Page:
Page:Popular Science Monthly Volume 22.djvu/573

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jected to in the street, and because the wheeling is nicer. They run swiftly, and when under high motion can not be quickly stopped. That their movements are disagreeable to pedestrians is inevitable. They are sources of constant anxiety and apprehension to them. Accidents have occurred with them, and they are continually liable to occur. The sidewalk belongs to the community, and is indispensable to the daily uses and necessities of all classes of people. Everybody has the right to walk there without molestation or the apprehension of molestation. Nothing should be permitted there which will awaken the dread of danger and compel the pedestrian to be constantly on the lookout to protect himself. Our correspondent says that they can be easily avoided, but how can a bicycle coming noiselessly from behind be avoided? They have India-rubber tires, and people have no eyes in the backs of their heads. But it is by no means a question what people with their senses about them can do if they give all their attention to personal security. The instinct of self-preservation does, of course, save the mass of people from being run down by bicycles when exposed to them. But is it right to introduce an extra exposure of this kind on a public sidewalk that will keep the sense of personal solicitude against danger constantly uppermost in consciousness? Besides, all people are not vigilant in such matters; many are heedless and stupid, and others abstracted or absent-minded. Then, again, there are the children, the aged and infirm, the invalids, the deaf, the cripples, the blind, and the half-blind, and these constitute a very large proportion of those who use the sidewalks, and have a right to use them without annoyance. To all these people the large bicycles ridden by sporting boys are a constant source of fear and dread, a pest of the pathway, and an undoubted nuisance.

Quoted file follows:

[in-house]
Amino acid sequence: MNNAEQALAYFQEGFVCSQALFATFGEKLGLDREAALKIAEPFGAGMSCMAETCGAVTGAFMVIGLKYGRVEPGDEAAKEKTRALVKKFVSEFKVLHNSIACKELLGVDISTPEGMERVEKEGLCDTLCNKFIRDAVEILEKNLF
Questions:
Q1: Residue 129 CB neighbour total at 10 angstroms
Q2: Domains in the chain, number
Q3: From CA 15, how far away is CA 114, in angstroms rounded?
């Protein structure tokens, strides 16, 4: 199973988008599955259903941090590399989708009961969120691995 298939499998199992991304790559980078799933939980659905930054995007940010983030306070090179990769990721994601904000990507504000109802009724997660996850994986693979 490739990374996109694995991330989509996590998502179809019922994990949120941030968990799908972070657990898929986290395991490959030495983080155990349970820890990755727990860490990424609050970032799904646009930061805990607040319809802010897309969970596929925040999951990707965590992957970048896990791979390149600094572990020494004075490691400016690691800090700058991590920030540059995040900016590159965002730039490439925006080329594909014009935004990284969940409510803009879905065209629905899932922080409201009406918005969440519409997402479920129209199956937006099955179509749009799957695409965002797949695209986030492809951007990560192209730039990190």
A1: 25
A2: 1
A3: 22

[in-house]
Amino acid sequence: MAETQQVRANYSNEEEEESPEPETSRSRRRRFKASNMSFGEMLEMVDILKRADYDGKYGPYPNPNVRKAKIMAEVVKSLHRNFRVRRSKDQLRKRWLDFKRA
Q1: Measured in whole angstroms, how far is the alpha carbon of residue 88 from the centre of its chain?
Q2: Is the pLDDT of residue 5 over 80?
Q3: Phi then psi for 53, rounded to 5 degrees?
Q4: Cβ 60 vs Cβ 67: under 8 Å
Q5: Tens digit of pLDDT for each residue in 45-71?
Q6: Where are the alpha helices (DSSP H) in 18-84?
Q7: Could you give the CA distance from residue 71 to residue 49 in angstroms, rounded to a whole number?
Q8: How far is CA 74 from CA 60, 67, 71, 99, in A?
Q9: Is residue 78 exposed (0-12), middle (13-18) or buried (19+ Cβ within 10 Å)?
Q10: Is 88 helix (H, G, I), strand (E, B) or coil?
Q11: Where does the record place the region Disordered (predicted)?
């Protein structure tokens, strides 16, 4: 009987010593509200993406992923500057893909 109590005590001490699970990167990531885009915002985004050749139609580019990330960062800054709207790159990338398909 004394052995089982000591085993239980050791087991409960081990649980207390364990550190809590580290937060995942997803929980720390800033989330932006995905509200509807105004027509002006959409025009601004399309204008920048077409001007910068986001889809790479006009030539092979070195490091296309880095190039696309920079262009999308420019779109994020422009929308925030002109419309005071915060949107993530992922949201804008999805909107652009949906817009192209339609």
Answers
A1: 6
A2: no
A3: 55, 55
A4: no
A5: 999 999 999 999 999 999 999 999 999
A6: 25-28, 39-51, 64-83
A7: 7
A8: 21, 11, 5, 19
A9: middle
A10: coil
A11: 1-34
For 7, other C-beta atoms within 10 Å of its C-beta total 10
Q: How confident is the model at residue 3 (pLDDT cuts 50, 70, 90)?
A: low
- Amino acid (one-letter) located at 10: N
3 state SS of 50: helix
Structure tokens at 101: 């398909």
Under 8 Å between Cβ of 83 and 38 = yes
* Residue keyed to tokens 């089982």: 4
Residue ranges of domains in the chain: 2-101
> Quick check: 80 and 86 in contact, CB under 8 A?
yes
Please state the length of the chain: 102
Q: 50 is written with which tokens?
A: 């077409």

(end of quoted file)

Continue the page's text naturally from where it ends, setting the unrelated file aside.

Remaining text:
We are here speaking of the rights of pedestrians on a common-sense view of the case. But our correspondent says, "It will be admitted that bicyclists, like other domestic animals, have some rights, which, once defined, are as much entitled to protection as the wider liberty allowed pedestrians." Admitted, of course, the only question being on the definition. We have contended negatively that the riders of large bicycles have no right upon the sidewalks, any more than equestrians, but this is not a denial of all rights. What, then, do the bicyclists themselves maintain? They assert that the bicycle is a wheeled carriage, and its rights simply the common rights of carriages upon the street. The representatives of the bicycle associations in New York claim that their right is to the use of the highway, and they explicitly disclaim any right to the use of the sidewalk.

W. R. Pitman, captain of the Ixion Bicycle Club, on being asked his opinion as to the propriety of bicycles being ridden on the sidewalks of small villages, said emphatically that "bicycles had no business on sidewalks anywhere; that the sidewalks were meant for foot passengers and not for carriages, which the bicyclers claim their machines to be."

Dr. N. M. Beckwith, captain of the Citizens' Bicycle Club, said that in his opinion bicyclers had no right to sidewalks at all, and remarked that the bicyclers wished to have their machines regarded as carriages, and claimed all the rights and privileges given to carriages, and in so doing they certainly could not also wish to be looked upon as foot-passengers.

Charles A. Reed, captain of the Columbia College Bicycle Club, said that he thought bicycles had no right on sidewalks or foot-paths except when the road was utterly impassable to them, and that a bicycle could certainly be ridden wherever a light buggy could be driven.